So, what about the MWMF debate? After all this, I still don’t have much to say about MWMF. I could outline why I disagree with the Festival organizers. I could outline why I disagree with some
I know people have strong feelings about MWMF. I understand those feelings, but I don’t share them. MWMF is just not my fight. I’m not saying other people shouldn’t care. The argument is worth having, if only for all the thought and discussions it’s generated about exclusive spaces and about trans folk in feminism. If that’s where your passion is, then go for it.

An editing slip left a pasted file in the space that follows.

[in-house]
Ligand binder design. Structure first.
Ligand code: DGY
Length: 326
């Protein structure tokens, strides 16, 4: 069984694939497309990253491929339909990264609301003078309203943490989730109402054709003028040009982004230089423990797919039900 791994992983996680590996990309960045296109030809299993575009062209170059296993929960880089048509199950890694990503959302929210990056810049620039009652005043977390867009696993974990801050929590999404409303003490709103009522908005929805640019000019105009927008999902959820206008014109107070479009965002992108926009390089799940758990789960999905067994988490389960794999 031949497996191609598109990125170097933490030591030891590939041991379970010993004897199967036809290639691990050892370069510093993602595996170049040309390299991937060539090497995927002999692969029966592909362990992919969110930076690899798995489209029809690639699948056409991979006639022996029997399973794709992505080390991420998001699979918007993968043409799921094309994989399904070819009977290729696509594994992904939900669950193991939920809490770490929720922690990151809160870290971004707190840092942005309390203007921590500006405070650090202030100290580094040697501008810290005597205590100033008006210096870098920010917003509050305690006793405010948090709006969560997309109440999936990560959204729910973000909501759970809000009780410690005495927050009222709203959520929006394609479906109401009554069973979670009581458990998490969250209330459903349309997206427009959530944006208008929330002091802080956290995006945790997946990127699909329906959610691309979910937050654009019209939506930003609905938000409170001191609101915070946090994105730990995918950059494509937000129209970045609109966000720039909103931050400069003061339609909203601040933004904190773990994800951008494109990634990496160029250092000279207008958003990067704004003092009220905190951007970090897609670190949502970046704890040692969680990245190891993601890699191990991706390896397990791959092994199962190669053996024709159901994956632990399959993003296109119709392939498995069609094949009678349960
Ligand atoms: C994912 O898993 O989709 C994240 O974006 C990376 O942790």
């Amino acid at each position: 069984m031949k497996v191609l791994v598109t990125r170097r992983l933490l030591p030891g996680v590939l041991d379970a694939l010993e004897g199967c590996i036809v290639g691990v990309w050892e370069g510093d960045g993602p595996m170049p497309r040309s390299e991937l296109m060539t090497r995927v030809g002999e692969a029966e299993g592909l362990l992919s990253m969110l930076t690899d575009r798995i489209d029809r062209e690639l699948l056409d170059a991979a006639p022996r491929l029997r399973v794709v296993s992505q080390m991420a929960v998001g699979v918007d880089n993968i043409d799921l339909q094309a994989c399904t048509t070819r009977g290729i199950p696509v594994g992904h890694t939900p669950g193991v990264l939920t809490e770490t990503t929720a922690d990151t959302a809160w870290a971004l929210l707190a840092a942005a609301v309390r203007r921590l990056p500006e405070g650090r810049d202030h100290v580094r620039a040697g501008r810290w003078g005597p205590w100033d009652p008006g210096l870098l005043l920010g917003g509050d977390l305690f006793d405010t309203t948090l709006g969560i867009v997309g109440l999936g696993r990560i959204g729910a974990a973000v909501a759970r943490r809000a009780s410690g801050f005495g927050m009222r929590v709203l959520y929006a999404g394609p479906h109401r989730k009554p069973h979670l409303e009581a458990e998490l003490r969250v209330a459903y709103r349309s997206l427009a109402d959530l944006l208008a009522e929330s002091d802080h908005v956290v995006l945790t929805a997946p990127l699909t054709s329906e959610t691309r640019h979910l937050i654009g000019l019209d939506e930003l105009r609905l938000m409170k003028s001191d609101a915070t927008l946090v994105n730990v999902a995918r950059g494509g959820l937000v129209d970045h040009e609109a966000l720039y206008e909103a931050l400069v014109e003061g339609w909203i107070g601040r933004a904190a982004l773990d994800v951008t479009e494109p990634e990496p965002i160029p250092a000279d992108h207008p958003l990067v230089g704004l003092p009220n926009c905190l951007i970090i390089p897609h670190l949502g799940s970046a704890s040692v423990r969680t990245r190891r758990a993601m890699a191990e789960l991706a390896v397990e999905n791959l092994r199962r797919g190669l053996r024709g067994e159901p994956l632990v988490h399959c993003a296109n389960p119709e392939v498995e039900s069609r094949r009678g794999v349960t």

But while you go for it, I hope you will also go out of your way to find and build diverse supportive spaces, as well as exclusive spaces. Even if it means reevaluating who you trust or like or whose opinion you value. Even if it’s harder than being with people “like” you. Even if it feels uncomfortable, even if it feels unsafe. It’s amazing and healing and wholesome when people who were supposed to oppress you turn out to be on your side. You deserve those kinds of allies. You’re not going to find them in a clubhouse posted “Members Only,” and you’re sure not going to find them by standing on the porch and waiting to be let in. Eventually, you have to go find a clubhouse with different signs. And if you don’t find one, you have to build it.